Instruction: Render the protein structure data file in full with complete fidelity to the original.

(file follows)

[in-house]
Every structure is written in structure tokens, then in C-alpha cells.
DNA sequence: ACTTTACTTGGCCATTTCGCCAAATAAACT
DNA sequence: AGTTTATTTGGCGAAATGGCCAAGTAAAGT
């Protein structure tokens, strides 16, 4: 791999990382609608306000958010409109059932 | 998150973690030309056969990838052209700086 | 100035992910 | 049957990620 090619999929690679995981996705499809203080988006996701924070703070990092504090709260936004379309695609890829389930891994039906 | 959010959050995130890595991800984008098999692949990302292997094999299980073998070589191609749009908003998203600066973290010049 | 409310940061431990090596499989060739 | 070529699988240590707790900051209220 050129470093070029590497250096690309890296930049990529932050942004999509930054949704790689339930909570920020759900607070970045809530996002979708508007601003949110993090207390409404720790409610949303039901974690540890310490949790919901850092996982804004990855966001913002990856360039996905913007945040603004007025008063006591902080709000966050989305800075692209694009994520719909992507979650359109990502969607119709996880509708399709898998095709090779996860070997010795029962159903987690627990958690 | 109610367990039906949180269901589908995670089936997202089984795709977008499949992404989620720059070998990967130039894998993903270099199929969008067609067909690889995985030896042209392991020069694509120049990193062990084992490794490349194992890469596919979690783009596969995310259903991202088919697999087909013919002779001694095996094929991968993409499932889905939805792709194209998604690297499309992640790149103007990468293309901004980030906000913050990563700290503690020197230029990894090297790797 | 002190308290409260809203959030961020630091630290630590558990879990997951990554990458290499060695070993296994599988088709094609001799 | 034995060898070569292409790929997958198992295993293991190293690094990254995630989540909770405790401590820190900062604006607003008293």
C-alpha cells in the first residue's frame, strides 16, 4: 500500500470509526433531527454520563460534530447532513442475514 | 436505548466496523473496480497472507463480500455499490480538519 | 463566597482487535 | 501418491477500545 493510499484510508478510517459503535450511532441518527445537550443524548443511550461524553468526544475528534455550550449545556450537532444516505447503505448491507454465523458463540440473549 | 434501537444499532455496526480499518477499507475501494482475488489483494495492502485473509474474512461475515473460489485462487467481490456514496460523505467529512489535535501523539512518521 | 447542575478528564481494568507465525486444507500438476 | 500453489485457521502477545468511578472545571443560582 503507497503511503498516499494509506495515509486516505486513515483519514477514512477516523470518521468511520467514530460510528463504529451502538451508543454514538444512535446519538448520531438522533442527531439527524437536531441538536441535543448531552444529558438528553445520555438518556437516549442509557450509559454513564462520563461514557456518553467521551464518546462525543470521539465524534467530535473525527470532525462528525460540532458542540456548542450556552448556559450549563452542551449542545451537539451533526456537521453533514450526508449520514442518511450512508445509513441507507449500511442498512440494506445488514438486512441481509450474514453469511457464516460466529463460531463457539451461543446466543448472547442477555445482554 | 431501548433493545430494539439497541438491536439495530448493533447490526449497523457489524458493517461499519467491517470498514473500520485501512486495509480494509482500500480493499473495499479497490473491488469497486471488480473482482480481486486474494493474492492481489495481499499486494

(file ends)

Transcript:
[in-house]
Every structure is written in structure tokens, then in C-alpha cells.
DNA sequence: ACTTTACTTGGCCATTTCGCCAAATAAACT
DNA sequence: AGTTTATTTGGCGAAATGGCCAAGTAAAGT
């Protein structure tokens, strides 16, 4: 791999990382609608306000958010409109059932 | 998150973690030309056969990838052209700086 | 100035992910 | 049957990620 090619999929690679995981996705499809203080988006996701924070703070990092504090709260936004379309695609890829389930891994039906 | 959010959050995130890595991800984008098999692949990302292997094999299980073998070589191609749009908003998203600066973290010049 | 409310940061431990090596499989060739 | 070529699988240590707790900051209220 050129470093070029590497250096690309890296930049990529932050942004999509930054949704790689339930909570920020759900607070970045809530996002979708508007601003949110993090207390409404720790409610949303039901974690540890310490949790919901850092996982804004990855966001913002990856360039996905913007945040603004007025008063006591902080709000966050989305800075692209694009994520719909992507979650359109990502969607119709996880509708399709898998095709090779996860070997010795029962159903987690627990958690 | 109610367990039906949180269901589908995670089936997202089984795709977008499949992404989620720059070998990967130039894998993903270099199929969008067609067909690889995985030896042209392991020069694509120049990193062990084992490794490349194992890469596919979690783009596969995310259903991202088919697999087909013919002779001694095996094929991968993409499932889905939805792709194209998604690297499309992640790149103007990468293309901004980030906000913050990563700290503690020197230029990894090297790797 | 002190308290409260809203959030961020630091630290630590558990879990997951990554990458290499060695070993296994599988088709094609001799 | 034995060898070569292409790929997958198992295993293991190293690094990254995630989540909770405790401590820190900062604006607003008293």
C-alpha cells in the first residue's frame, strides 16, 4: 500500500470509526433531527454520563460534530447532513442475514 | 436505548466496523473496480497472507463480500455499490480538519 | 463566597482487535 | 501418491477500545 493510499484510508478510517459503535450511532441518527445537550443524548443511550461524553468526544475528534455550550449545556450537532444516505447503505448491507454465523458463540440473549 | 434501537444499532455496526480499518477499507475501494482475488489483494495492502485473509474474512461475515473460489485462487467481490456514496460523505467529512489535535501523539512518521 | 447542575478528564481494568507465525486444507500438476 | 500453489485457521502477545468511578472545571443560582 503507497503511503498516499494509506495515509486516505486513515483519514477514512477516523470518521468511520467514530460510528463504529451502538451508543454514538444512535446519538448520531438522533442527531439527524437536531441538536441535543448531552444529558438528553445520555438518556437516549442509557450509559454513564462520563461514557456518553467521551464518546462525543470521539465524534467530535473525527470532525462528525460540532458542540456548542450556552448556559450549563452542551449542545451537539451533526456537521453533514450526508449520514442518511450512508445509513441507507449500511442498512440494506445488514438486512441481509450474514453469511457464516460466529463460531463457539451461543446466543448472547442477555445482554 | 431501548433493545430494539439497541438491536439495530448493533447490526449497523457489524458493517461499519467491517470498514473500520485501512486495509480494509482500500480493499473495499479497490473491488469497486471488480473482482480481486486474494493474492492481489495481499499486494